The American Civil Liberties Union welcomed the updated U.S. guidelines, which were approved Monday on a 3-2 partisan-line vote by the Democratic-led commission.
"Pregnancy is not a justification for excluding women from jobs that they are qualified to perform, and it cannot be a basis for denying employment or treating women less favorably than co-workers," said Laura W. Murphy, director of the ACLU's Washington Legislative Office.
Debra L. Ness, president of the National Partnership for Women and Families, called the new guidelines "a powerful tool in the effort to eradicate the unlawful and unequal treatment of pregnant women in the workplace."
Joan C. Williams, a law professor at the University of California's Hastings School of Law in San Francisco who testified before the EEOC on pregnancy discrimination, said it is difficult to quantify how many women would be helped by the agency's stronger stance. "I think it will make a really big difference," she said. "This is also the direction the courts have begun to go in, and that's why the EEOC said, 'Yeah, that makes sense.'"
Williams, who co-authored a 2011 study called "Pregnant, Poor and Fired," said the main impact may by erecting "very, very, simple and very, very common-sense" guideposts for EEOC investigators, as well as providing strong ammunition for employment lawyers whose clients are victims of such discrimination.
Commissioners Constance Barker and Victoria Lipnic dissented from the decision, saying the commission was overstepping its authority. Both were first appointed by Republican President George W. Bush.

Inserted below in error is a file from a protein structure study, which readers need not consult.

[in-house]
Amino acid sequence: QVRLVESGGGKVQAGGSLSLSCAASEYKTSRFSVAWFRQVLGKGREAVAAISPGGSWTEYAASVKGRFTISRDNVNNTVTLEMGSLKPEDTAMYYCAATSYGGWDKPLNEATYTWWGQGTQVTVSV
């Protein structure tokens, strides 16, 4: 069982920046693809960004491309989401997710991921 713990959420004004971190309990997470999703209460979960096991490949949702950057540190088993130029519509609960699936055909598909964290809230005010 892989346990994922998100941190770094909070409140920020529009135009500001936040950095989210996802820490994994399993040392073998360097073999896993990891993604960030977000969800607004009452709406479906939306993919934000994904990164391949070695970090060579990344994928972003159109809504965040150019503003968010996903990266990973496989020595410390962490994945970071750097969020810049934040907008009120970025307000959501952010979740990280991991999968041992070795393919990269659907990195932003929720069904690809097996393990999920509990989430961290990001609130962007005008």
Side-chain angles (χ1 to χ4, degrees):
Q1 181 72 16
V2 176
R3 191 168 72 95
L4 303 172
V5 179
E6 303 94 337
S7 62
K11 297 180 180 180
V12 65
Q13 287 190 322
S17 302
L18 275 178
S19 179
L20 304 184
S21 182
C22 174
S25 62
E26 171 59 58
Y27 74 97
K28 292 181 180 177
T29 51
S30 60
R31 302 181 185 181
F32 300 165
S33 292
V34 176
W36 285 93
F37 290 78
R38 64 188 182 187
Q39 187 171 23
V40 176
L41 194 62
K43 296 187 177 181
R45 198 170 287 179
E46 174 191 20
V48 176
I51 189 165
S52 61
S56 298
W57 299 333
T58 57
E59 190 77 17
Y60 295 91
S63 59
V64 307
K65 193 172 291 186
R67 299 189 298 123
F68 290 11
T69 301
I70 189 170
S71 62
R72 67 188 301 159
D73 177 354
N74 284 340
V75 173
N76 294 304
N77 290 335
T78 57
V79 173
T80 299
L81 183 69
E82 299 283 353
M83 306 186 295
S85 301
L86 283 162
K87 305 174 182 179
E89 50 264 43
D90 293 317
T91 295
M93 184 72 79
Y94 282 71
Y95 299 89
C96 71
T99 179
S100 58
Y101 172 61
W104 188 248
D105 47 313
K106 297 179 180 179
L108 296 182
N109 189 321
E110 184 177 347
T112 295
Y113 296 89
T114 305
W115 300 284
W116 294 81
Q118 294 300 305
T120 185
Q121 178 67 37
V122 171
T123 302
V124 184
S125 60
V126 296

The U.S. Chamber of Commerce has been critical of EEOC decisions during the Obama years, and the EEOC matter was no exception. Randel Johnson, the chamber's vice president for labor issues, called it "an agency which often advances questionable enforcement tactics and legal theories."
The Senate is considering a closely related issue: a Democratic-sponsored bill aiming to circumvent the Supreme Court's June 30 "Hobby Lobby" decision to allow private companies to opt out of covering certain kinds of birth control. An attempt by sponsors to force the measure to a vote is expected Wednesday. However, it seems unlikely to draw the 60 votes needed to advance the legislation.
Democrats are seeking to turn the battle into a women's rights issue that can help them at the ballot box in November.
Copyright 2014 The Associated Press. All rights reserved. This material may not be published, broadcast, rewritten or redistributed.